|Year||University Policies||University Practices||Student Union Policies||Student Union Practices|
In Mount Allison University’s Racism and Racial Harassment Prevention and Response policy, there is a section titled “Respectful Dialogue & Freedom of Expression.” It reads:
Mount Allison affirms that it is the function of a university to contribute directly to building a society that espouses the principles of freedom of thought and expression. A community where teaching, research, and academic freedom flourish includes an environment where freedom of expression, speech, and belief is safeguarded and exercised in a culture of mutual respect; where an open exchange of diverse points of views is encouraged; and where every member of the community, including visitors, is able to work, live, teach, and learn free from harassment and discrimination.
The Racism Policy adheres to the principles of respectful dialogue and freedom of expression. It seeks to address and hold to account individuals who are responsible for demeaning, derogatory, or discriminatory actions or speech on the basis of race (see Definitions, Section 7). Such behaviour is not in keeping with Mount Allison’s standard for discourse, academic inquiry, and community living.
It should be noted that in the discussion of human affairs, it may be necessary to examine issues of race and racism. Such discussions do not in and of themselves constitute racism when exercised within a framework of and respect for the principles of academic freedom.
Academic freedom is fundamental to the mission of the University and is protected in agreements between the University and its faculty (refer to Section 14). Academic freedom allows for full intellectual inquiry, discourse, and critique without fear of institutional censorship. It does not, however, give license to denigrate or discriminate on the basis of race. In instances when academic freedom and the Racism Policy appear to be in conflict, the matter will be referred to the appropriate collective agreement for resolution.
Mount Allison’s University Web Page Policy strictly prohibits “hate speech”, including speech that might run afoul of Provincial or Federal Human Rights legislation:
[Web] Pages must not offend University policies or the law, or link to sites that do so. Examples of pages that would violate this policy would be pages that contain hate speech that violates the Criminal Code, speech that violates the Human Rights Code of Canada [sic] and the Human Rights Act of New Brunswick, defamatory speech, and content that violates computer network usage policies.
The Use of Facilities and Services policy states that fees will be charged for events “when the use of facilities requires services, such as custodial and security services, beyond those required for routine University operations.”
The authors are not aware of Mount Allison University providing funding or resources to any university body that engages in ideological advocacy.
In 2011, Mount Allison University forced a student club, the High Society, to change its name in order to receive club status, and denied the club meeting space on campus until the name change had occurred. This was after the student club had already been approved by the Mount Allison University Students’ Union. Gayle Churchill, Mount Allison’s Director of Student Life, banned the High Society from holding their first meeting at the Student Union building on October 27 and 28, which the group attempted to appeal. The group was allowed to continue operating, uncensored, after it changed its name to “Hempology 101 MtA.”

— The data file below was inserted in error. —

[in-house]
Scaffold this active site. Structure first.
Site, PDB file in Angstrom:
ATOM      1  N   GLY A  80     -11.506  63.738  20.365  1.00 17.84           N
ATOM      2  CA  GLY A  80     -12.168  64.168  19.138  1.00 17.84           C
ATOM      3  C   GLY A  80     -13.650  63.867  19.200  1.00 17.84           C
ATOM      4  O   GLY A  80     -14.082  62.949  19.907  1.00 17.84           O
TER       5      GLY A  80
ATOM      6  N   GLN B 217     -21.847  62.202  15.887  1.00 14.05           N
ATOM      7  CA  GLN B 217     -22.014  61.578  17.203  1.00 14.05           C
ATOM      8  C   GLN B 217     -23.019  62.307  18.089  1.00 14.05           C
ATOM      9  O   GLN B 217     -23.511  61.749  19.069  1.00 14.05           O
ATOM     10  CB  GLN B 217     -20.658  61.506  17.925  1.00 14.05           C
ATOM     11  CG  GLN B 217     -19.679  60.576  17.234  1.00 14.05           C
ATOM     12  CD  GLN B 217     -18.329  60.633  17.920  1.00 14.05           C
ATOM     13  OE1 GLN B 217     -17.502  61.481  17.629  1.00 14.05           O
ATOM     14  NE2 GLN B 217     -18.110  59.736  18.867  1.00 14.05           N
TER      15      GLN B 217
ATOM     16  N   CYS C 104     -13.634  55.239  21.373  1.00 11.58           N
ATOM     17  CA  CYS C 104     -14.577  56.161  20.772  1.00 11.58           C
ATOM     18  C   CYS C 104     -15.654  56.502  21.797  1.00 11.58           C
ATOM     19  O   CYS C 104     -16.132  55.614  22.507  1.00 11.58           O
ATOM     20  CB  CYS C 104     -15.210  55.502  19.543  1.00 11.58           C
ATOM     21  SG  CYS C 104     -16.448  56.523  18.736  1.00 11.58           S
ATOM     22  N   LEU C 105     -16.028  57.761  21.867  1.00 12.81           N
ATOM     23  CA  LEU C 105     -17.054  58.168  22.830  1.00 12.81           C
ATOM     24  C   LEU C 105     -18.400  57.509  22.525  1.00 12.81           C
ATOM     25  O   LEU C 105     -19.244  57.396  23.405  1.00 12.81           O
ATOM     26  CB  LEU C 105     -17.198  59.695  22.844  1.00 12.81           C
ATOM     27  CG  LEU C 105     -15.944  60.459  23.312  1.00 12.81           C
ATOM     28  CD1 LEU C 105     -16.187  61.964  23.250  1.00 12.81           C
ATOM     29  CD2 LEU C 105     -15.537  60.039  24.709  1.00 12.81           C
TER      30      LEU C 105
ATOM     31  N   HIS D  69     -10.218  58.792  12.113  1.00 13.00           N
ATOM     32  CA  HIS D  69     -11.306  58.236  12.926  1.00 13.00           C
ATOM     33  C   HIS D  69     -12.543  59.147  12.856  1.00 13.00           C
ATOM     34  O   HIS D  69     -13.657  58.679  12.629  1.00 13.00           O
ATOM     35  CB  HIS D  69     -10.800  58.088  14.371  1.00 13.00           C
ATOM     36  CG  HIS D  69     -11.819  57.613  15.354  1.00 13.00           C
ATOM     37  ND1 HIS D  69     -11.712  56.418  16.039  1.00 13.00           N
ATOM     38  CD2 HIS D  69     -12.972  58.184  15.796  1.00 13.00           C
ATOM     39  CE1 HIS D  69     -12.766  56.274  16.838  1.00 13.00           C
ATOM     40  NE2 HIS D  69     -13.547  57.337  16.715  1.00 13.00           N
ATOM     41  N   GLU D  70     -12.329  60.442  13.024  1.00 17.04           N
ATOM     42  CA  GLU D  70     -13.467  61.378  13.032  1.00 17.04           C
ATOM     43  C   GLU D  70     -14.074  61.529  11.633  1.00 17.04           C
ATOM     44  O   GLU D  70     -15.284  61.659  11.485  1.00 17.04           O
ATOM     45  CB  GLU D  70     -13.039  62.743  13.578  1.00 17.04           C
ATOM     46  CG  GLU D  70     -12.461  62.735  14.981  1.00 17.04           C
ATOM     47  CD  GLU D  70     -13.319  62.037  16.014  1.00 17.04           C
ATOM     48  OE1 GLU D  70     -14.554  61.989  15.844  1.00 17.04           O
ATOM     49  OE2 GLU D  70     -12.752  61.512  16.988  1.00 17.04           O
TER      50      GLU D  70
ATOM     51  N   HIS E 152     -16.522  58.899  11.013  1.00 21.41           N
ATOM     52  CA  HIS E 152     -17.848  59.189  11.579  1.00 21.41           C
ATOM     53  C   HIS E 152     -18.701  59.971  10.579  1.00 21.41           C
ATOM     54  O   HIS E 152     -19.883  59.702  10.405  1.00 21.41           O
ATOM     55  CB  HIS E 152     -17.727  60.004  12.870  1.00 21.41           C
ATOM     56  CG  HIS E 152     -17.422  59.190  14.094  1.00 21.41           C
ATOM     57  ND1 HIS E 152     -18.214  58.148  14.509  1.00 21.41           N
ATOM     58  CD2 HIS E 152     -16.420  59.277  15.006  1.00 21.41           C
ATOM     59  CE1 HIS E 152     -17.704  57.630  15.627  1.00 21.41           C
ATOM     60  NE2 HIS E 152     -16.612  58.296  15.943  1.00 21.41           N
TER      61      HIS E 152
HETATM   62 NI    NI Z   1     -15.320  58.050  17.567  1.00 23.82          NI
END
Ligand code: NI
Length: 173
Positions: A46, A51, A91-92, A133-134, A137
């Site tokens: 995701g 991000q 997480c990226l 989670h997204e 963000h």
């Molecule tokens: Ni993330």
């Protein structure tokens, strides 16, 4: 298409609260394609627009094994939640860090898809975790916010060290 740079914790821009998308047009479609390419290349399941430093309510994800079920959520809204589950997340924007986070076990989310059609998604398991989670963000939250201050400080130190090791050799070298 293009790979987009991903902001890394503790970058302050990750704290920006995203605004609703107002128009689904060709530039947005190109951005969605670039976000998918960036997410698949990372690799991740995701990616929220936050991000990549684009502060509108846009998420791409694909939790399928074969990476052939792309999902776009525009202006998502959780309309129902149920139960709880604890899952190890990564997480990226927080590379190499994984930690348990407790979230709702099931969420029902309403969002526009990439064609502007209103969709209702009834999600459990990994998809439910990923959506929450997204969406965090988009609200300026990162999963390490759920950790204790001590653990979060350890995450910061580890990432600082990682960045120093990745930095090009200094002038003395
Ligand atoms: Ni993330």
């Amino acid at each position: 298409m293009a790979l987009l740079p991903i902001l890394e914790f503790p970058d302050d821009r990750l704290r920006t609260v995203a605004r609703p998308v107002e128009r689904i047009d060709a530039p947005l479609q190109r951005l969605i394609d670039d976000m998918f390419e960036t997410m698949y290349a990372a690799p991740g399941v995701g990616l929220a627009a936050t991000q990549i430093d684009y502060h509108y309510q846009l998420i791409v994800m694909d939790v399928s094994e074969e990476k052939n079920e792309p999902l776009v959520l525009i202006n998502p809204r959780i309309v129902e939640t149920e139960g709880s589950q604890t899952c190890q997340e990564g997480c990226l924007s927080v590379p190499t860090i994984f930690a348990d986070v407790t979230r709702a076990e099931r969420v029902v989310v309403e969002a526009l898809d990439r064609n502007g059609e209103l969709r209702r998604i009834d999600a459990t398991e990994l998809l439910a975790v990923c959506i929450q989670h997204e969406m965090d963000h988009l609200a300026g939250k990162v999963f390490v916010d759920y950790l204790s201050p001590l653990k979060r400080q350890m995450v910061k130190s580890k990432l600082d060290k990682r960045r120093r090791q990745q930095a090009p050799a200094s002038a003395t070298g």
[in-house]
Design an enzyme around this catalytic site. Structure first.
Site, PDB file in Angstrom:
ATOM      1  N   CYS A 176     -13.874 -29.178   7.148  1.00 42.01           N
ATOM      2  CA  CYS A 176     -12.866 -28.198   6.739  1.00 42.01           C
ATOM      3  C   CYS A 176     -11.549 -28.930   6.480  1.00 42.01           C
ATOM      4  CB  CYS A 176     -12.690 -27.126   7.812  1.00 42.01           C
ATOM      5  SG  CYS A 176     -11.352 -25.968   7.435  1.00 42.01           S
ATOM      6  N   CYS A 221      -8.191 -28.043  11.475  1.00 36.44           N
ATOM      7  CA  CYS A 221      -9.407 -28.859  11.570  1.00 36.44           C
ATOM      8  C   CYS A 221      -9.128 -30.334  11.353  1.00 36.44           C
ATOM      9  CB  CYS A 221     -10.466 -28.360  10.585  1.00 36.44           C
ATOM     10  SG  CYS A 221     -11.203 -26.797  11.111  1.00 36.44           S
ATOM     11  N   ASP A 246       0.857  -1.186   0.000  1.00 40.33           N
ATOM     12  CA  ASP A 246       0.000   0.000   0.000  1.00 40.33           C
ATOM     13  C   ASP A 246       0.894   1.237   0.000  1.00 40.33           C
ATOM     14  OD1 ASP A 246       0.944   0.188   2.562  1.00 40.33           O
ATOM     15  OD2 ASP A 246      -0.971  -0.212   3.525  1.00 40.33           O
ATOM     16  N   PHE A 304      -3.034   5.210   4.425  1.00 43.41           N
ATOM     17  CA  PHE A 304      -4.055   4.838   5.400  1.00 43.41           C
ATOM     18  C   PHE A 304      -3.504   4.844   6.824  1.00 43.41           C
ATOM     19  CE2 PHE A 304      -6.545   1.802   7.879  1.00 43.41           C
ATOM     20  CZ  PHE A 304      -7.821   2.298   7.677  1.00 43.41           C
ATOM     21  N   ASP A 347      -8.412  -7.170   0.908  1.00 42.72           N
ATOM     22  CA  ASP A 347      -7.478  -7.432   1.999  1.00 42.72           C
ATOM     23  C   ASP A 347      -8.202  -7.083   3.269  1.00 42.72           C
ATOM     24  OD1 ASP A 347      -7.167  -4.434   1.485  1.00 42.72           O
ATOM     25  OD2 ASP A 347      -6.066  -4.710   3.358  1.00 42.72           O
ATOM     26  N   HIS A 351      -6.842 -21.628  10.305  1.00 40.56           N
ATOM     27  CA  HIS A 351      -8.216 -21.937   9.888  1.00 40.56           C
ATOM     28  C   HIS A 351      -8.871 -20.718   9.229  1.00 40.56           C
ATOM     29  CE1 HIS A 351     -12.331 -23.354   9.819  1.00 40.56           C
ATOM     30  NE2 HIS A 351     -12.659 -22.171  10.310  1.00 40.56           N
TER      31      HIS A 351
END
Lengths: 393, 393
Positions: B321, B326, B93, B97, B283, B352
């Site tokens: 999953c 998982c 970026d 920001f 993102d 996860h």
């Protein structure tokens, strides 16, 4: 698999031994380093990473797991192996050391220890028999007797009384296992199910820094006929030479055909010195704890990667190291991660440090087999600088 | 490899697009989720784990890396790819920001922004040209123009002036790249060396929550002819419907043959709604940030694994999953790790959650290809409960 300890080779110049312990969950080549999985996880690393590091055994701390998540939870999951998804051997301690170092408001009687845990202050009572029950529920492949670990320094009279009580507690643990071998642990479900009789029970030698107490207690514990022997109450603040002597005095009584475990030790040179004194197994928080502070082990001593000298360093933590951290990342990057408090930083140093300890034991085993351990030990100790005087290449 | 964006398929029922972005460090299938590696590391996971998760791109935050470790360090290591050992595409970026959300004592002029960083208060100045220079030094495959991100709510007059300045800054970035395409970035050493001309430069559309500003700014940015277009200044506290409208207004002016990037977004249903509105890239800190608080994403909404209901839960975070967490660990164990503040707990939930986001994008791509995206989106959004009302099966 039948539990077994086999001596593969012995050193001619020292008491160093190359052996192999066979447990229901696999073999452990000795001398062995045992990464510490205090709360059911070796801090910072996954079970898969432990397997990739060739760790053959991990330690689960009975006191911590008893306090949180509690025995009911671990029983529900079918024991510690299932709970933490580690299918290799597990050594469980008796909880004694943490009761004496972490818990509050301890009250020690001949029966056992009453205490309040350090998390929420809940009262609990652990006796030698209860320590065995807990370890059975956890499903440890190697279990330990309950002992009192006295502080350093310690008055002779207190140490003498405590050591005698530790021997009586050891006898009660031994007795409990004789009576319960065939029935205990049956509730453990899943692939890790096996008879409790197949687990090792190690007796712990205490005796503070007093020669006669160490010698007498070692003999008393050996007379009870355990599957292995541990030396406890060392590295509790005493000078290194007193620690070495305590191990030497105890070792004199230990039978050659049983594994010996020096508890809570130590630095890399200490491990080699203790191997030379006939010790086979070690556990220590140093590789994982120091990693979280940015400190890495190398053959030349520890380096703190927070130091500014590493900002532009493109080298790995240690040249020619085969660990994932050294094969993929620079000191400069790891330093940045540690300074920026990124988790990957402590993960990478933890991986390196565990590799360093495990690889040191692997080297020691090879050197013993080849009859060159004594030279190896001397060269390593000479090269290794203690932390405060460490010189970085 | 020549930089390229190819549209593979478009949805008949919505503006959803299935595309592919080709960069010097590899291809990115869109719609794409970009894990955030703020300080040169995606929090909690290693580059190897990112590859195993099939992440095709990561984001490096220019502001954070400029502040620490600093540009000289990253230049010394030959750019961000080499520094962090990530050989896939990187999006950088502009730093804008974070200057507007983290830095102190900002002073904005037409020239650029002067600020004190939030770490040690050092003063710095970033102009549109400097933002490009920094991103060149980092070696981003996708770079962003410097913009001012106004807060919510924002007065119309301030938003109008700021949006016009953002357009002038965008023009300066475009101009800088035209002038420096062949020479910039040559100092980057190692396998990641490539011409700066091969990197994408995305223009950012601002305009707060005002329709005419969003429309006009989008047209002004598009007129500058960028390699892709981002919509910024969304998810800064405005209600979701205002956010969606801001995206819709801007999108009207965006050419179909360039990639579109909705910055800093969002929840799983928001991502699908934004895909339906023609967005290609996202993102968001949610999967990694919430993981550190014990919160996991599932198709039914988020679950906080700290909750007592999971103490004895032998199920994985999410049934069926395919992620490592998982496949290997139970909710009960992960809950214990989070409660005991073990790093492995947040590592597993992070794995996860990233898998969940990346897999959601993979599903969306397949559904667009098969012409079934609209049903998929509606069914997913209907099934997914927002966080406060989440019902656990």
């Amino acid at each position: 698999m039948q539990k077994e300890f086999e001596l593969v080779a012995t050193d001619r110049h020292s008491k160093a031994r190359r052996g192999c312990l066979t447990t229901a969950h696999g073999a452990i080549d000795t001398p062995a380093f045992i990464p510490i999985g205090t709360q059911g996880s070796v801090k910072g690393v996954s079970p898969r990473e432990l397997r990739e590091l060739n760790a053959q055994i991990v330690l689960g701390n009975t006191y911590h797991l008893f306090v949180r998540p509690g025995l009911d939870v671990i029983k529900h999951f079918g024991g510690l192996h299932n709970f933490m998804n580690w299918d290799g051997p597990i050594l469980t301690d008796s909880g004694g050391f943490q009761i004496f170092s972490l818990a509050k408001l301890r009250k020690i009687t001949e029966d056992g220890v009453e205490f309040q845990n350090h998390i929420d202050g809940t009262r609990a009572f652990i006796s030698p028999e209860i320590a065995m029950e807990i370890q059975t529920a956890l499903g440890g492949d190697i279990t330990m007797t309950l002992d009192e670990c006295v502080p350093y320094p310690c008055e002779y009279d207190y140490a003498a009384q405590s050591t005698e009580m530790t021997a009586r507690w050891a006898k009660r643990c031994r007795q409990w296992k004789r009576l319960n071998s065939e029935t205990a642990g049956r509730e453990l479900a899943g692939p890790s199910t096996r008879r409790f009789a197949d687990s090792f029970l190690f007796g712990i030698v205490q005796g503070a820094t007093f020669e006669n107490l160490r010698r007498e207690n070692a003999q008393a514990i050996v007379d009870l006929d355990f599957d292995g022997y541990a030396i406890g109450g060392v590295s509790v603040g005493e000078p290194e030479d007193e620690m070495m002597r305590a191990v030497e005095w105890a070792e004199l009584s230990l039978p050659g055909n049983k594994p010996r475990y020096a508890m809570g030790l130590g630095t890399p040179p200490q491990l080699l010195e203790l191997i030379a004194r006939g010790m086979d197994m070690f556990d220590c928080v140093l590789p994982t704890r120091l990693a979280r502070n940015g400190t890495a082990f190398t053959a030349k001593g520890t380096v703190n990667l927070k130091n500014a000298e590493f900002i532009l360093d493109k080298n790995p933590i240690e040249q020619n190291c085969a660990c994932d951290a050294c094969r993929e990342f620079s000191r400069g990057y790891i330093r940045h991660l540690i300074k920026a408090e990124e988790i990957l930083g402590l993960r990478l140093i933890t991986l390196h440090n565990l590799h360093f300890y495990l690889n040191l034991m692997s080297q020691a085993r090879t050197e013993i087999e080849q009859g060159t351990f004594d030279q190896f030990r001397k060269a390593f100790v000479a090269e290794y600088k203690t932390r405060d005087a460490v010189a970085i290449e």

In November of 2010, a Coca-Cola employee was allegedly seen tearing down “Coke Free MtA” posters in a University building. The posters were placed by the student group “Coke Free Mount A” and were designed to raise awareness about the Coca-Cola Corporation. When this was reported to the University, administrators apologized to the group and contacted the Coca-Cola Corporation to protest this violation of freedom of speech at its school.
There is no mention of free expression or academic freedom in any Mount Allison Students’ Union (MASU) policies.
MASU’s Operating Procedure II: Clubs and Societies requires the following criteria be met to be ratified:
1.4. club/society must be open to all Union members;
1.5. cannot participate in any acts of discrimination, prejudice or hate
The authors are not aware of any speech codes in the MUNSU election policies and procedures.
MASU advocates for positions outside its mandate, such as decolonization and climate change.
In the case of the student group High Society being denied meeting space by University administrators because of its name, the MASU spoke out in support of the High Society’s right to free expression on campus. MASU Vice President for Finance and Operations, Patrick Losier, stated in an Argosy article (the independent student-run newspaper) dated November 23, 2011:
Clubs and societies are formed around areas of student interest, and the SAC [Students’ Administrative Council] does not judge whether these interests are valid, so long as they are safe, lawful, and open to all students. So long as the High Society is open to all students, does not promote any illegal activity, and promotes discussion on an area of student interest, it has every right to operate as a SAC society.
In the 2018–19 financial year,* Mount Allison University received $26,026,666 in taxpayer dollars in the form of government grants. These taxpayer funds accounted for 34.2% of their annual revenue.
*Mount Allison University did not make their 2019–20 financial statements available by the time of publication of the 2020 Campus Freedom Index.